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Barack Obama's Record-Setting Speech: 52,757 Tweets Per Minute, 9 Million Total DNC Tweets (TechCrunch)
The President of the United States of America, Barack Obama, spoke at the Democratic National Convention last night and broke some Twitter records (for politics) while he was at it, according to the company. Extra points to Twitter -- the site didn't go down or falter once during the entire speech. Financial Times Democrats are driving nearly two and a half times more chatter on social media during their national convention this week than Republicans did during their own. The social media activity surrounding the convention is as different as the tenor of the speeches themselves. The Democratic convention sparked more than 5.5 million tweets during its first two nights -– nearly a third more than the 4 million generated during the entire three days of the Republican convention. Politico / Dylan Byers on Media Twitter also ran a political sentiment index during the conventions, which found that responses to both Obama and Mitt Romney grew more negative after their speeches, whereas responses to former President Bill Clinton, Vice President Joe Biden and First Lady Michelle Obama grew more positive.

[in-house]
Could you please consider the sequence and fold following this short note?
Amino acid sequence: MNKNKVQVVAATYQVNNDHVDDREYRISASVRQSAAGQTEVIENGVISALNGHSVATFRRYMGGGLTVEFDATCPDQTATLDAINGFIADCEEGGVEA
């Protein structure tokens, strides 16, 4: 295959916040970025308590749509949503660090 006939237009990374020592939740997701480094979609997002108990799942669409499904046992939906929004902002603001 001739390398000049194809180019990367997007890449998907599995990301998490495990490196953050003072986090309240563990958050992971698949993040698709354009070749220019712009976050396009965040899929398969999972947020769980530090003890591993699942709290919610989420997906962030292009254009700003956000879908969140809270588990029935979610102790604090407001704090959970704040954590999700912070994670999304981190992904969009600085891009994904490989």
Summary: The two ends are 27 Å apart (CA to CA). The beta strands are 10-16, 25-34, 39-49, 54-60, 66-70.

A Conventional Love Affair for Stars, Democrats (Bradenton Herald / AP)
Clint Eastwood's oddball GOP convention monologue didn't sit well, but Democrats proved they know how to exploit their unabashed love affair with Hollywood. The beautiful triumvirate of Scarlett Johansson, Kerry Washington and Eva Longoria thrilled the Charlotte, N.C., convention crowd Thursday with their looks and words. Mary J. Blige and James Taylor provided the tunes. And Mad Men star Jon Hamm looked happy just to be part of the crowd. THR / Bastard Machine Clint Eastwood talking to an empty chair. Former President Clinton delivering a rousing speech. First Lady Michelle Obama doing the same. The president himself not quite reaching those lofty heights but, depending on which pundits you were listening to, either did exactly what he needed to do or failed utterly. Politico It was "vintage Barack Obama." It was "probably not the best speech of the convention." It was "one of the emptiest speeches" ever delivered on the national stage. There was no consensus across the cable news networks Thursday night after President Barack Obama's speech at the Democratic National Convention in Charlotte.
Are the Media Going Soft on the Democrats? (The Daily Beast / Howard Kurtz)